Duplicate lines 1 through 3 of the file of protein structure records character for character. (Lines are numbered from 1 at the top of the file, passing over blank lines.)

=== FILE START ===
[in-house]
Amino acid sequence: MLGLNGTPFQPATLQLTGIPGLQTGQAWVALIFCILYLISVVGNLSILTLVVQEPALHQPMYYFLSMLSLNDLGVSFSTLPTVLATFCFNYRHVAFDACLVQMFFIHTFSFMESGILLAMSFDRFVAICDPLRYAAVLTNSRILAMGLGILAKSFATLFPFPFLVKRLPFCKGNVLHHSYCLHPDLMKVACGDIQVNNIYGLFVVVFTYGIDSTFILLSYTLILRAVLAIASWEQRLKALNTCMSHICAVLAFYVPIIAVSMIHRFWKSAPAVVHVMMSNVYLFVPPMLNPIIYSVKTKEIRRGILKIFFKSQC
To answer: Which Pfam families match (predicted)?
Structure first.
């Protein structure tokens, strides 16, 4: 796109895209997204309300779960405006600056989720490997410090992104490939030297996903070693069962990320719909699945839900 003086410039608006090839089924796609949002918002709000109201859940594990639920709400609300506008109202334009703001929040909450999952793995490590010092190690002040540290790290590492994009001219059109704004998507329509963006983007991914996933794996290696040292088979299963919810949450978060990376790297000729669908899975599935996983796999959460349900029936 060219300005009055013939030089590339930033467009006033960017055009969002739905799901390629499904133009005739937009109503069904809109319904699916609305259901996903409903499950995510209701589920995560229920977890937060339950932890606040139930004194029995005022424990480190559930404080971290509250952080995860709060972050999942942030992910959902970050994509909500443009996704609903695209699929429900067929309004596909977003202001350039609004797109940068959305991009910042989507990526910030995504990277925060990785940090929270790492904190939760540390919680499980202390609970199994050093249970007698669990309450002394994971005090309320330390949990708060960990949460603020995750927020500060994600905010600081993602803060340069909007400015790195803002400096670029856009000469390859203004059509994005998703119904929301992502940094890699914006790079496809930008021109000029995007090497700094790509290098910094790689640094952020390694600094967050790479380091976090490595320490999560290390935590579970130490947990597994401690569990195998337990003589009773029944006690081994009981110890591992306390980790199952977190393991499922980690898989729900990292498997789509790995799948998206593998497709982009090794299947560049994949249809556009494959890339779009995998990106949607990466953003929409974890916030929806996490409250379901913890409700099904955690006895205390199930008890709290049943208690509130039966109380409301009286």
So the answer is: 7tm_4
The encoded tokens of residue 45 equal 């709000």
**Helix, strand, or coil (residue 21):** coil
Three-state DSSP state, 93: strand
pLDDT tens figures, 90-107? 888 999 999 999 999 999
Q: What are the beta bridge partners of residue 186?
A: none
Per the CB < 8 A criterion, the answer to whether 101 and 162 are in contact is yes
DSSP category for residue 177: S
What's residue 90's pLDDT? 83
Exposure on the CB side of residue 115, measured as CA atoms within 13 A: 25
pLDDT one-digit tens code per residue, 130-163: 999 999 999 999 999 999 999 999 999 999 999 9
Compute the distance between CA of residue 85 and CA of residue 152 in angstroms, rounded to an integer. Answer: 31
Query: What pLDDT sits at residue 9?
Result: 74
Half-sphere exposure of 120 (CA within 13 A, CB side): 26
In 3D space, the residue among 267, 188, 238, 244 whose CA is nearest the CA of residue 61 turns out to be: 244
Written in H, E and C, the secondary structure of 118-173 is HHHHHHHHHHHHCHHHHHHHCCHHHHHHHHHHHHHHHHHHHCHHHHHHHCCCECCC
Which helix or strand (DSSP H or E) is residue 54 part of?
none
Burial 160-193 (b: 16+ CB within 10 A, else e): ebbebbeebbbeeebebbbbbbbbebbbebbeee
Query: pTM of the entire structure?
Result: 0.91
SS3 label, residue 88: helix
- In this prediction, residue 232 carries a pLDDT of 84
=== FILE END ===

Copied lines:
[in-house]
Amino acid sequence: MLGLNGTPFQPATLQLTGIPGLQTGQAWVALIFCILYLISVVGNLSILTLVVQEPALHQPMYYFLSMLSLNDLGVSFSTLPTVLATFCFNYRHVAFDACLVQMFFIHTFSFMESGILLAMSFDRFVAICDPLRYAAVLTNSRILAMGLGILAKSFATLFPFPFLVKRLPFCKGNVLHHSYCLHPDLMKVACGDIQVNNIYGLFVVVFTYGIDSTFILLSYTLILRAVLAIASWEQRLKALNTCMSHICAVLAFYVPIIAVSMIHRFWKSAPAVVHVMMSNVYLFVPPMLNPIIYSVKTKEIRRGILKIFFKSQC
To answer: Which Pfam families match (predicted)?